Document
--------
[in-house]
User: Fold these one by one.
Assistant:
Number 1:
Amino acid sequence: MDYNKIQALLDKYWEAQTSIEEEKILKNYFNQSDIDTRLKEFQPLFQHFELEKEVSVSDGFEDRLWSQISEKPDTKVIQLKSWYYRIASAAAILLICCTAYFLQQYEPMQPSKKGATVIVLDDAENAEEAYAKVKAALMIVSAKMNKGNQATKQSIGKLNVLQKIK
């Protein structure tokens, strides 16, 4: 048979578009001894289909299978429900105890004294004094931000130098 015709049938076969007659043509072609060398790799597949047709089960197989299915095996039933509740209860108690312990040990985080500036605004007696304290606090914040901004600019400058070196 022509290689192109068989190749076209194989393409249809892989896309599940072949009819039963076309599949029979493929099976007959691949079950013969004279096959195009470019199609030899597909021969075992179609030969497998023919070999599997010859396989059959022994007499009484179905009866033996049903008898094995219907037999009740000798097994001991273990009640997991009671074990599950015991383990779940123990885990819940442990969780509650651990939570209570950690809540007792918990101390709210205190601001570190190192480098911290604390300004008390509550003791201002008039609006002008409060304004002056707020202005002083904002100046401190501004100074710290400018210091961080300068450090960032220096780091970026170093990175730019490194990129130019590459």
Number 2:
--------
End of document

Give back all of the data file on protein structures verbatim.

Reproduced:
[in-house]
User: Fold these one by one.
Assistant:
Number 1:
Amino acid sequence: MDYNKIQALLDKYWEAQTSIEEEKILKNYFNQSDIDTRLKEFQPLFQHFELEKEVSVSDGFEDRLWSQISEKPDTKVIQLKSWYYRIASAAAILLICCTAYFLQQYEPMQPSKKGATVIVLDDAENAEEAYAKVKAALMIVSAKMNKGNQATKQSIGKLNVLQKIK
């Protein structure tokens, strides 16, 4: 048979578009001894289909299978429900105890004294004094931000130098 015709049938076969007659043509072609060398790799597949047709089960197989299915095996039933509740209860108690312990040990985080500036605004007696304290606090914040901004600019400058070196 022509290689192109068989190749076209194989393409249809892989896309599940072949009819039963076309599949029979493929099976007959691949079950013969004279096959195009470019199609030899597909021969075992179609030969497998023919070999599997010859396989059959022994007499009484179905009866033996049903008898094995219907037999009740000798097994001991273990009640997991009671074990599950015991383990779940123990885990819940442990969780509650651990939570209570950690809540007792918990101390709210205190601001570190190192480098911290604390300004008390509550003791201002008039609006002008409060304004002056707020202005002083904002100046401190501004100074710290400018210091961080300068450090960032220096780091970026170093990175730019490194990129130019590459």
Number 2: